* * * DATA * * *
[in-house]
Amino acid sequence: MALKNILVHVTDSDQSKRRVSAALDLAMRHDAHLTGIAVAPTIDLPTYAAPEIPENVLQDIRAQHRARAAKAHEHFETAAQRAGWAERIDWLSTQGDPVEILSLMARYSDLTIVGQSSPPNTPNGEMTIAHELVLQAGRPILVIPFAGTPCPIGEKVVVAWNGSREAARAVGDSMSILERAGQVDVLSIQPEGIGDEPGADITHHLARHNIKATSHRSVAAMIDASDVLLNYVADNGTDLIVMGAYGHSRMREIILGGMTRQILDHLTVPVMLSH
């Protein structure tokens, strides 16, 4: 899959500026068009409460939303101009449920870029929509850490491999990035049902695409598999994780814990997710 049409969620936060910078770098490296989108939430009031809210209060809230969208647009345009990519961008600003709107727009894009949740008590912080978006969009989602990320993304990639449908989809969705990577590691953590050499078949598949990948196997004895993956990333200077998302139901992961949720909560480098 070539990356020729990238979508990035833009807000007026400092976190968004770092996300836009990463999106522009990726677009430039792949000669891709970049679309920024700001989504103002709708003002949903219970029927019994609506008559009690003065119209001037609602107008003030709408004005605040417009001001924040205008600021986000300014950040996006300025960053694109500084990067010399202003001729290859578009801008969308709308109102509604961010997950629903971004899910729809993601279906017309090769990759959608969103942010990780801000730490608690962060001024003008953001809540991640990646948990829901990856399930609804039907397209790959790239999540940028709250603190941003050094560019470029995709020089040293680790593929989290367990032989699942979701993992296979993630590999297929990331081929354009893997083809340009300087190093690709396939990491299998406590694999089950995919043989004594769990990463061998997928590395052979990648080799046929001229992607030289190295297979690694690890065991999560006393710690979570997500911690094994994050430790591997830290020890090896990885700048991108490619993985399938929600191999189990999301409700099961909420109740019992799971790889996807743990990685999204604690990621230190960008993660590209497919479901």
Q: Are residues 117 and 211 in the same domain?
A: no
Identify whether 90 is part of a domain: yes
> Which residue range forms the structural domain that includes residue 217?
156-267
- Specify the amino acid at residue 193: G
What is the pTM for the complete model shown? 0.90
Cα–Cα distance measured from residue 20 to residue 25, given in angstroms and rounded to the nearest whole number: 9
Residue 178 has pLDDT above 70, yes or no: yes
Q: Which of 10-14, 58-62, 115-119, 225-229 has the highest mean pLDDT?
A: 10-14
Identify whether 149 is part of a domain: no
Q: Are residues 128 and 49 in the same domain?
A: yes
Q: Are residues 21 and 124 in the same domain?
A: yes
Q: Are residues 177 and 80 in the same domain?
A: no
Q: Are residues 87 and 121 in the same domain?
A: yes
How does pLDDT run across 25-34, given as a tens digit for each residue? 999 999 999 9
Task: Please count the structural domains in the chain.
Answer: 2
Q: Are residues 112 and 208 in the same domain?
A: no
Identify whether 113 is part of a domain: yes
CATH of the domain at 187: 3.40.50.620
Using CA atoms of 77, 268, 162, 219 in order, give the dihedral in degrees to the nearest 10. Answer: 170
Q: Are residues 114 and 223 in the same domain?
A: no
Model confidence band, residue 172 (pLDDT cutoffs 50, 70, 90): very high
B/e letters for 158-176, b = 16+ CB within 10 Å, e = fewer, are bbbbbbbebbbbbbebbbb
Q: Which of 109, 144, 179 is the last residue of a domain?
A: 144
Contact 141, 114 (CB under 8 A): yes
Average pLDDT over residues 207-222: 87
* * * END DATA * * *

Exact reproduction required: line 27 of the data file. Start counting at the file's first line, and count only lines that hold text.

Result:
Q: Are residues 112 and 208 in the same domain?